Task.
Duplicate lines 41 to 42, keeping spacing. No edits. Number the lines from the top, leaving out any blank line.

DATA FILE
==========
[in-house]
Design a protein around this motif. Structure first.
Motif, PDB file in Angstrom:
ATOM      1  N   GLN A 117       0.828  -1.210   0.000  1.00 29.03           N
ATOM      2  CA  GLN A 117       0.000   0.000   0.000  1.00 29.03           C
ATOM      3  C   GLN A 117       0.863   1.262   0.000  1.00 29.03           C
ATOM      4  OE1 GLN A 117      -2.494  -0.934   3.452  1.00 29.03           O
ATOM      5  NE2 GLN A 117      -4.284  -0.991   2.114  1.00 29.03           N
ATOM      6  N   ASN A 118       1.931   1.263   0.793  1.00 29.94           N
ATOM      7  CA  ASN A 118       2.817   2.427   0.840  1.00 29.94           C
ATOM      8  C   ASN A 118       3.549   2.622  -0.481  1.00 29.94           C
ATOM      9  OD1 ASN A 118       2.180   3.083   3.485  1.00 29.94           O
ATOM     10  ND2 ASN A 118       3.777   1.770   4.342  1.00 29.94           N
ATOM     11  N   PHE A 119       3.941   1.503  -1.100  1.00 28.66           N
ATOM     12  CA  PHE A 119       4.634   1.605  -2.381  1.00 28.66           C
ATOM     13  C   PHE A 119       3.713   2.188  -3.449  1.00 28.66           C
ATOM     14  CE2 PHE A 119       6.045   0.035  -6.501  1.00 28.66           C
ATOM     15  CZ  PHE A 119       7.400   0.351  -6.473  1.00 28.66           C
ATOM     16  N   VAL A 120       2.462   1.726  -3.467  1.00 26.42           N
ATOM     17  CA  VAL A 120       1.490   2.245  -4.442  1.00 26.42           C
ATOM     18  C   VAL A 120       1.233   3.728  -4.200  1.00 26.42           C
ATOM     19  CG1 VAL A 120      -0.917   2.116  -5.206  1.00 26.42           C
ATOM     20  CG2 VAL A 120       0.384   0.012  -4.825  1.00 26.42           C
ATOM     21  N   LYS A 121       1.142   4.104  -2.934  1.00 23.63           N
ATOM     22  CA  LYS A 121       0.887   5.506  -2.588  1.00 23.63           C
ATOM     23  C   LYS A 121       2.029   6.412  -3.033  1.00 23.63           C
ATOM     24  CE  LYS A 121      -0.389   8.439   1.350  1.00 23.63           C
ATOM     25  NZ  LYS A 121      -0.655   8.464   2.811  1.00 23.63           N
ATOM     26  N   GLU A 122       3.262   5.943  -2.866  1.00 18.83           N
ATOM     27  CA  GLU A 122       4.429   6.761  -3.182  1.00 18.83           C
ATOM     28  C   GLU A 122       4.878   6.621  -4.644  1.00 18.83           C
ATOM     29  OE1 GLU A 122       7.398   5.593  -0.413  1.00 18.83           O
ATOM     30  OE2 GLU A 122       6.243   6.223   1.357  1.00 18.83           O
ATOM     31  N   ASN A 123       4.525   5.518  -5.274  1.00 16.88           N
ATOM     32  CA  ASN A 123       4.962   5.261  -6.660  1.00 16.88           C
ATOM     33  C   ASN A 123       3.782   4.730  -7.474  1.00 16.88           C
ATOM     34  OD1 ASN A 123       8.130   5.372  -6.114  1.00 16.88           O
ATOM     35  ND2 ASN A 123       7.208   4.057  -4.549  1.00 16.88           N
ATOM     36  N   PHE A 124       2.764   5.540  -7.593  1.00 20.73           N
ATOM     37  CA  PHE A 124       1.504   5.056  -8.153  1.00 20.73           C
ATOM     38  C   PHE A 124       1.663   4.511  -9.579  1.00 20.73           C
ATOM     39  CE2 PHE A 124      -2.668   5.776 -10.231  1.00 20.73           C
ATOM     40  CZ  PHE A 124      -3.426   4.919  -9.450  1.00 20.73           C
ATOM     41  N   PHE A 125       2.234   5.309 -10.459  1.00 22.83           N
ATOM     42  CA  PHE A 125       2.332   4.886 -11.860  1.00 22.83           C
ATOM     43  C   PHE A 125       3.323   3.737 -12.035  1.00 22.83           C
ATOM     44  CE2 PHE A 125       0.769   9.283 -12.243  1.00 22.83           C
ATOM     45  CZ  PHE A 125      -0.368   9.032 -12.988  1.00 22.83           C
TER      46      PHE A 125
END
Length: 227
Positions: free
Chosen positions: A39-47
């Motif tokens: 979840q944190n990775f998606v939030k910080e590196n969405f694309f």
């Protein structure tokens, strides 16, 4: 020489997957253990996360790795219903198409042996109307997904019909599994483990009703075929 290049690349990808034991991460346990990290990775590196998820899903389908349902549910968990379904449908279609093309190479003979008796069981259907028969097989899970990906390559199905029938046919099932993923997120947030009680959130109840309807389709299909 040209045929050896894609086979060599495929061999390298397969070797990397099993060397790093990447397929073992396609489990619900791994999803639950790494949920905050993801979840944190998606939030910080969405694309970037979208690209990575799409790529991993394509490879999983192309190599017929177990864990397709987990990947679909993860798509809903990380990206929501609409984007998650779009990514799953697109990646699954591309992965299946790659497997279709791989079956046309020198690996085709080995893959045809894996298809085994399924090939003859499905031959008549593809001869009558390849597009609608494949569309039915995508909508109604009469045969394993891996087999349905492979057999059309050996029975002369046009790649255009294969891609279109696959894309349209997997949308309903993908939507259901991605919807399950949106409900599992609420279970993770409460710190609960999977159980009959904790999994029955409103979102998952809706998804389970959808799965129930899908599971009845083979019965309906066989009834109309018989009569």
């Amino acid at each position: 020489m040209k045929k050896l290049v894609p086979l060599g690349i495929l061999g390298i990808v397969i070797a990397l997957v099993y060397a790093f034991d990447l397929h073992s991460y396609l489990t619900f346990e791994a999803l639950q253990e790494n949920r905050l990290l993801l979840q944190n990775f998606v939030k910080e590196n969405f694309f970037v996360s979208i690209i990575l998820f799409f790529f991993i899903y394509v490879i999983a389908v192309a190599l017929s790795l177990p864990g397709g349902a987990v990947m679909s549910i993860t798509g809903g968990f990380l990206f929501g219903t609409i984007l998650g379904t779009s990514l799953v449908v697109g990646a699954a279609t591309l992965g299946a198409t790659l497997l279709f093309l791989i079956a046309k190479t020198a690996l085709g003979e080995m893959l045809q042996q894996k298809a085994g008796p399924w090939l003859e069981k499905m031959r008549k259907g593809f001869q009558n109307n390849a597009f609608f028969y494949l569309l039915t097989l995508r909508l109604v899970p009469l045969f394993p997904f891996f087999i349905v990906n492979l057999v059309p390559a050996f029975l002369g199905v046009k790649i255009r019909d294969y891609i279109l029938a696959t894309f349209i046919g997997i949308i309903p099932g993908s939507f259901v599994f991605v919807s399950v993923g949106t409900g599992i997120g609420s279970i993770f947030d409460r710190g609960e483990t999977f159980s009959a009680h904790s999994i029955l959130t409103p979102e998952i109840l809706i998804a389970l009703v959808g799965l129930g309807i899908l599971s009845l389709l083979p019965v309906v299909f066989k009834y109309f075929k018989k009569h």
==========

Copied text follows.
ATOM     38  C   PHE A 124       1.663   4.511  -9.579  1.00 20.73           C
ATOM     39  CE2 PHE A 124      -2.668   5.776 -10.231  1.00 20.73           C